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The only safe course is to ensure that voices of hatred are shunned and not permitted to speak. Spectrum has done the right thing here.


Can you be specific as to which chapters of the Bible should be omitted? Three topics were mentioned: slavery, MSM, and the subservience of women. Probably, a very few verses could be removed that deal with MSM. The one chapter in Romans might have to go, or a large portion of it. Slavery? Abraham’s biography in Genesis. would be gutted. If everything connected to Abraham Sarah and Hagar should be omitted, significant portions of Galatians and Romans would be on the cutting room floor. A bit of Peter as well. The roll of women? I guess it depends on how far you want to take it. I could see significant portions of the OT chopped. Suppose we kept only the 4 gospels as Scripture and destroyed the rest. Would that work for you?

Spectrum is free to print and speak whatever it wishes. But the point I’m making is that we can’t just shut down any voice we disagree with. And the definition of “hate speech” is becoming “whatever someone finds offensive”. We see this outside the sda world more and more and it should concern all of us. Me saying homosexuality is a sin isn’t hate speech. You criticizing me and my opinion isn’t hate speech. And the danger is that if we start shutting down voices, eventually yiu will be deemed the hateful one and someone will shut you down.

I get we’re a church and pastors can’t just say anything they want because they represent the denomination. But calling something a sin isn’t hate speech.

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Like sands through the hourglass, so are the SDAs of Our Lives.


As I’ve expressed in some of my comments, Zelota is not a reliable, unbiased source of information. I am a Brazilian scholar fully abreast of these issues, even before some of the writers of Zelota were born. Zelota represents an extreme-left, socialist agenda at odds with Brazilian Adventism and society at large.

Take for example, this piece on Pastor Gilson Grüdtner whom I’ve known personally for over three decades; his wife is a childhood friend of mine. He is an all-around good guy, deeply spiritual, committed Christian, and loved by his congregations. He is an extremely irenic person and connecting “hate” to his ministry is a ridiculous, frivolous caricature by some with an agenda to label conservative views as “hate speech.” He is conservative, no doubt, as the majority of Brazilian pastors and could have expressed his views differently, but the attacks and calls for his sacking impinge on far larger questions of freedom of speech and religious liberty in Brazil.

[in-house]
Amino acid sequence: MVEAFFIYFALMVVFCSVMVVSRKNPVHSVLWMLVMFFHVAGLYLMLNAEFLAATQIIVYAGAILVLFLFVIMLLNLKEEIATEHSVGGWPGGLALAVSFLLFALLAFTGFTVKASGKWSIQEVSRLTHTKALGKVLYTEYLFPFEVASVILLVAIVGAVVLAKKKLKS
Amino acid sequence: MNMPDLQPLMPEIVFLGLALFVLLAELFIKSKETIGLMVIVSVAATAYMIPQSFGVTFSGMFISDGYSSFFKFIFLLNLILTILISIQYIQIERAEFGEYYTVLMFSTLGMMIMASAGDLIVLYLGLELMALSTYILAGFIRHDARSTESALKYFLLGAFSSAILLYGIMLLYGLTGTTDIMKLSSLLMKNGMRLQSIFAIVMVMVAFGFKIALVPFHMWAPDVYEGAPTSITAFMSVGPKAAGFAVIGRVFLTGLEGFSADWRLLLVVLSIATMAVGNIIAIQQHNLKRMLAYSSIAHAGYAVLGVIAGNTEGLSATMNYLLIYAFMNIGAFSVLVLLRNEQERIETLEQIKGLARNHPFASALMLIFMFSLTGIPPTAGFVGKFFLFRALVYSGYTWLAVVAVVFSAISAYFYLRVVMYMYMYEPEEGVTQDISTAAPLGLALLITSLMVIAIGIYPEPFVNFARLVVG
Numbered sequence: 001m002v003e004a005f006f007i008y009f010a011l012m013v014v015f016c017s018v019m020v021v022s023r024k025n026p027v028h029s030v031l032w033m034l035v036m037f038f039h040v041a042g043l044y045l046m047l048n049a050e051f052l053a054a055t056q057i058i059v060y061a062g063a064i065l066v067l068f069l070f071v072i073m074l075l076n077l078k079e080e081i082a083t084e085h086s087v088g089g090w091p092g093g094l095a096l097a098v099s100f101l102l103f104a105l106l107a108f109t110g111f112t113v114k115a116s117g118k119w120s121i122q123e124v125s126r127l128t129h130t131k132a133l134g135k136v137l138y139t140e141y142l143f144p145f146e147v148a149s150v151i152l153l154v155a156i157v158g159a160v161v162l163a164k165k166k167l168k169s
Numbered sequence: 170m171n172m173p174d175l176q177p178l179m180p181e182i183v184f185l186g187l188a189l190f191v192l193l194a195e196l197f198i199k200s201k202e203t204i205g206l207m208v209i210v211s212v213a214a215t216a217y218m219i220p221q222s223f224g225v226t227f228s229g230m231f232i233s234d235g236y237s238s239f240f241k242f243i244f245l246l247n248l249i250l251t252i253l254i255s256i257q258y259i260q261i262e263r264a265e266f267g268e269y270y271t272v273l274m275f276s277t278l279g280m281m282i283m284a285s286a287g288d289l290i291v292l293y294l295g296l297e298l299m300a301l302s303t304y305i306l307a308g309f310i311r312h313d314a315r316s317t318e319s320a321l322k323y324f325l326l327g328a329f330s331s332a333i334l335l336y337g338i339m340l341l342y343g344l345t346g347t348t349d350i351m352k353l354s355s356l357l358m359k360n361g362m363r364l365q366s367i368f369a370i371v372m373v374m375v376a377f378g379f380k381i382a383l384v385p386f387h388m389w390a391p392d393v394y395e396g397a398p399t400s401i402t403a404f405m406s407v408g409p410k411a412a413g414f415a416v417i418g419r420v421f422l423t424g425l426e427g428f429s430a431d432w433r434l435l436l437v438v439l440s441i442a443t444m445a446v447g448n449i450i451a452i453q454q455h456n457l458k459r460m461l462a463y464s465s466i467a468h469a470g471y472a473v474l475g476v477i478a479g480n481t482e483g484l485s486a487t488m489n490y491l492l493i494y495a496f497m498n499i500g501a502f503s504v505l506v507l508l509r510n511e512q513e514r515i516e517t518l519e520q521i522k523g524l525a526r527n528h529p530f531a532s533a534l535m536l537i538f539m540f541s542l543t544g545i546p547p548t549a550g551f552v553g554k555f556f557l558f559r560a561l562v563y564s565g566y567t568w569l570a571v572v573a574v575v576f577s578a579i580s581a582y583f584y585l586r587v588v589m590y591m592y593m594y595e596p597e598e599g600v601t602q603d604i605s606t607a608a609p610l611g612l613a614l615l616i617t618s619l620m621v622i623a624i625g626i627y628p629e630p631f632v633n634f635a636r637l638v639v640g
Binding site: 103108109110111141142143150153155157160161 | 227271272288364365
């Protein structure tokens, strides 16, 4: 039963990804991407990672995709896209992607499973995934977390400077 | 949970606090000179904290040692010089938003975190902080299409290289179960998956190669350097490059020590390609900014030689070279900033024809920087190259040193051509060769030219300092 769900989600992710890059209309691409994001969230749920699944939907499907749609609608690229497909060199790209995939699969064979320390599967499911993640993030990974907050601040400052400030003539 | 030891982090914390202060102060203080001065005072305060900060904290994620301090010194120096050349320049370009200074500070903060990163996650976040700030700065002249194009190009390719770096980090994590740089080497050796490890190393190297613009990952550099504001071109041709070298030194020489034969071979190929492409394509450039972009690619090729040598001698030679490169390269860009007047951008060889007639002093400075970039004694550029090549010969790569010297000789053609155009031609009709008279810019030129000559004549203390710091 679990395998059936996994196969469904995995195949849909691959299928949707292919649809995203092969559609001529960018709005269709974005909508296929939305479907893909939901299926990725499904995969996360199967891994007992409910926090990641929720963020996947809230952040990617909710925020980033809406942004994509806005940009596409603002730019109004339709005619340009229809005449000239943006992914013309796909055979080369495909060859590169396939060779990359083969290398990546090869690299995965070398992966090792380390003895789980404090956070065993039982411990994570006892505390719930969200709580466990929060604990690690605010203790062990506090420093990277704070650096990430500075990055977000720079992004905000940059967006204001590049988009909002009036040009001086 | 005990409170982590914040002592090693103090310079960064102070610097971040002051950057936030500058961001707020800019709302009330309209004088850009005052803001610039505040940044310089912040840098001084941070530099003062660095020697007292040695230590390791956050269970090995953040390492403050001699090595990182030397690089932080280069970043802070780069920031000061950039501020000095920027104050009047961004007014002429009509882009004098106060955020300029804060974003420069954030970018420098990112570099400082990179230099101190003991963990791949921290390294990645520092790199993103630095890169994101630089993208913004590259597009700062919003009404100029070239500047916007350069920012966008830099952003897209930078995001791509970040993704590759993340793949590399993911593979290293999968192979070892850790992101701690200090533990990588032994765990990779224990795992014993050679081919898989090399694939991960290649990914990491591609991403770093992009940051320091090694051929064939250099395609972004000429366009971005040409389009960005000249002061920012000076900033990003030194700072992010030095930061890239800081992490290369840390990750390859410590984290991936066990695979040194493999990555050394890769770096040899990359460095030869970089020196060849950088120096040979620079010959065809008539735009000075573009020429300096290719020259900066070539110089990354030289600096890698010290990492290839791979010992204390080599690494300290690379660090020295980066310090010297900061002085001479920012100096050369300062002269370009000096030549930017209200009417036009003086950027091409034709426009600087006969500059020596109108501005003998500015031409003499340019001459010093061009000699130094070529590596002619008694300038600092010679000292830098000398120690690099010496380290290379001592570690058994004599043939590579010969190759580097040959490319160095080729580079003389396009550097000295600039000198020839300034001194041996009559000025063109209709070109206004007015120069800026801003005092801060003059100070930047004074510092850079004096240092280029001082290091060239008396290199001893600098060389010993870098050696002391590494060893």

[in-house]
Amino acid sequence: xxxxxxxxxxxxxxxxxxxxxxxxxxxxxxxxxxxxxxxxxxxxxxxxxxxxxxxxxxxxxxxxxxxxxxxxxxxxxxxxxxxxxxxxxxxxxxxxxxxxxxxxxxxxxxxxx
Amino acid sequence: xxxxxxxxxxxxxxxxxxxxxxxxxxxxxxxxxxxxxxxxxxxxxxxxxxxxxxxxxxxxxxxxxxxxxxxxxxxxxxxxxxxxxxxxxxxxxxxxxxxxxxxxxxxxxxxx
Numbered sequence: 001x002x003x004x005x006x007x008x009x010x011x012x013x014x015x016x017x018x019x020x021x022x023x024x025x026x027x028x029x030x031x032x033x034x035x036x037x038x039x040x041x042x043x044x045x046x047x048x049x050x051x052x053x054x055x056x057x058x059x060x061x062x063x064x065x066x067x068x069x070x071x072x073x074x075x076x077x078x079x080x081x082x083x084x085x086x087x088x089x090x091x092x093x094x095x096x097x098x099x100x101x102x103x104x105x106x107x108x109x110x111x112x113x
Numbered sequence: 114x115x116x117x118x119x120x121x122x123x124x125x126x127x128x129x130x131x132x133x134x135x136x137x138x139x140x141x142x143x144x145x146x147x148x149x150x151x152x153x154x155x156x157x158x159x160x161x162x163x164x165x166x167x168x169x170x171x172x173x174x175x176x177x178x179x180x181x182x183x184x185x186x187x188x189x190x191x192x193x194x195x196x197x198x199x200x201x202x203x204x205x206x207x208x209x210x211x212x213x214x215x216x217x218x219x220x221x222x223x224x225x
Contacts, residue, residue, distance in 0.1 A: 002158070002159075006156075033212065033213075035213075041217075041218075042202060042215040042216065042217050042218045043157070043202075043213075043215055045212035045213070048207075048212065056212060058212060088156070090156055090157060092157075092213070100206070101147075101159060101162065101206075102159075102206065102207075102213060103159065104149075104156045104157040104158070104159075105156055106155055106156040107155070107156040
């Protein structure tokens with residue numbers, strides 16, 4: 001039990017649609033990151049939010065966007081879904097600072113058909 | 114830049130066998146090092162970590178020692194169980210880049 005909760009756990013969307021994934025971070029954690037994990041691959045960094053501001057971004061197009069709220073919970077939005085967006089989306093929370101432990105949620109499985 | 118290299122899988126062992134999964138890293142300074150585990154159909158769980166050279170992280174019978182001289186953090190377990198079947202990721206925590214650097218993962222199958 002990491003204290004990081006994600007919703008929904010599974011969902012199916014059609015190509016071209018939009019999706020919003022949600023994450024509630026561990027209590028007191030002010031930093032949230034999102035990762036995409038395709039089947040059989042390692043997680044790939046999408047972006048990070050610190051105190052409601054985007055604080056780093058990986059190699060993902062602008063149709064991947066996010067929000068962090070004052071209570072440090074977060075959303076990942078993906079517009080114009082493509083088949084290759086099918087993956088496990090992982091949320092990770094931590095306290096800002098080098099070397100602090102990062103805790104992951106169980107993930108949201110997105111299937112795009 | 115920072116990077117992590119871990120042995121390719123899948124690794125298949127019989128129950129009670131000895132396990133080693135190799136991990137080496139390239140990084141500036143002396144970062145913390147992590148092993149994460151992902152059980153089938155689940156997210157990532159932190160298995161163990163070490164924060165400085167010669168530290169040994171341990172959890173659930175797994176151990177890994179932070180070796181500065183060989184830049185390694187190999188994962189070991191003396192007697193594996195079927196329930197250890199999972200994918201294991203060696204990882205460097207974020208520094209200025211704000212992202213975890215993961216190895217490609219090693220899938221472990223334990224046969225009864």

Brazil is currently undergoing an institutional crisis with an activist, extreme-left leaning Supreme Court that frequently overruns its boundaries and takes unconstitutional legal positions in regards to freedom of speech. The court has even jailed politicians who criticized its justices and decisions.

The fact the pastors are no longer allowed to share their religious views from the pulpit, even conservative positions on sexuality, without fear of legal retaliation is a serious issue for freedom of speech and the separation of church and state in Brazil. This aspect was ignored in the piece, instead, we see a one-sided take on his views as objectionable, offensive, etc. His views and the way he expressed them may be to some, but his right to express those views to his community of faith who support him should be protected from outside interference. Despite his right to freedom of speech, he has become a target for expressing those views, as this piece indicates.

Mind you, Grüdtner did not call for violence or hatred against homosexuals as the title incorrectly suggests, he simply expressed a very conservative view of homosexual practice as contrary to God’s ideals. That a tiny minority was offended by this is not surprising, but his views one way or another reflect the vast majority of Adventists in Brazil who view homosexuality as incompatible with a Christian view of human sexuality. More importantly, his views had the support of his church board and congregation. And this position reflects that of the majority of Brazilian society who remain deeply conservative on the matter of homosexuality. The landslide election of center-right Bolsonaro as president who ran on an anti-homosexual agenda among other things in 2018 is indicative of this.